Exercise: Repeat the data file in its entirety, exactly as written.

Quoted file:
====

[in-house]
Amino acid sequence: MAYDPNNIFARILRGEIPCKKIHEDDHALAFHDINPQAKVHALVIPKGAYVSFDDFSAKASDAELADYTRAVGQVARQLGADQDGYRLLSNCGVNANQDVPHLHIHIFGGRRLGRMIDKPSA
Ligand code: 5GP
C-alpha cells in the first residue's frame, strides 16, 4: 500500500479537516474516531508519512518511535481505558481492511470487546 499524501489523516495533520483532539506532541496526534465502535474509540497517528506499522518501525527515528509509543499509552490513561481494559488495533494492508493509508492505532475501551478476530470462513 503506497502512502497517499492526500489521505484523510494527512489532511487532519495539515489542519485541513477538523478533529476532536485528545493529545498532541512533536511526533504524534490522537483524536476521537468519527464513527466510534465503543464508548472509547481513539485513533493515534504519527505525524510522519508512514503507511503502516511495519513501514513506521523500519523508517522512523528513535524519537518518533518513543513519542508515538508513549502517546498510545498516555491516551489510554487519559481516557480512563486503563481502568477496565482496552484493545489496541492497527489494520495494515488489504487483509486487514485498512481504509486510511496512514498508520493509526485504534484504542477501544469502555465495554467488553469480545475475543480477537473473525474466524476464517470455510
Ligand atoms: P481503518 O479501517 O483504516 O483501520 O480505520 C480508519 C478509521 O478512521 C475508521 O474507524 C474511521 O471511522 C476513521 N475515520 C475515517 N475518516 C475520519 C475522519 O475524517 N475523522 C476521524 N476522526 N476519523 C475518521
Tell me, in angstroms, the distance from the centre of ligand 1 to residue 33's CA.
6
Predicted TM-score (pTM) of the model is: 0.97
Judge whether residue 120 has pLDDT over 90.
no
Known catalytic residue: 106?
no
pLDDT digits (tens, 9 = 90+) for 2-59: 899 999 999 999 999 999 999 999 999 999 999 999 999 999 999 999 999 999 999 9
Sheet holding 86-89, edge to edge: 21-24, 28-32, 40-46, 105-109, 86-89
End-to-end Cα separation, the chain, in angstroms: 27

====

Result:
[in-house]
Amino acid sequence: MAYDPNNIFARILRGEIPCKKIHEDDHALAFHDINPQAKVHALVIPKGAYVSFDDFSAKASDAELADYTRAVGQVARQLGADQDGYRLLSNCGVNANQDVPHLHIHIFGGRRLGRMIDKPSA
Ligand code: 5GP
C-alpha cells in the first residue's frame, strides 16, 4: 500500500479537516474516531508519512518511535481505558481492511470487546 499524501489523516495533520483532539506532541496526534465502535474509540497517528506499522518501525527515528509509543499509552490513561481494559488495533494492508493509508492505532475501551478476530470462513 503506497502512502497517499492526500489521505484523510494527512489532511487532519495539515489542519485541513477538523478533529476532536485528545493529545498532541512533536511526533504524534490522537483524536476521537468519527464513527466510534465503543464508548472509547481513539485513533493515534504519527505525524510522519508512514503507511503502516511495519513501514513506521523500519523508517522512523528513535524519537518518533518513543513519542508515538508513549502517546498510545498516555491516551489510554487519559481516557480512563486503563481502568477496565482496552484493545489496541492497527489494520495494515488489504487483509486487514485498512481504509486510511496512514498508520493509526485504534484504542477501544469502555465495554467488553469480545475475543480477537473473525474466524476464517470455510
Ligand atoms: P481503518 O479501517 O483504516 O483501520 O480505520 C480508519 C478509521 O478512521 C475508521 O474507524 C474511521 O471511522 C476513521 N475515520 C475515517 N475518516 C475520519 C475522519 O475524517 N475523522 C476521524 N476522526 N476519523 C475518521
Tell me, in angstroms, the distance from the centre of ligand 1 to residue 33's CA.
6
Predicted TM-score (pTM) of the model is: 0.97
Judge whether residue 120 has pLDDT over 90.
no
Known catalytic residue: 106?
no
pLDDT digits (tens, 9 = 90+) for 2-59: 899 999 999 999 999 999 999 999 999 999 999 999 999 999 999 999 999 999 999 9
Sheet holding 86-89, edge to edge: 21-24, 28-32, 40-46, 105-109, 86-89
End-to-end Cα separation, the chain, in angstroms: 27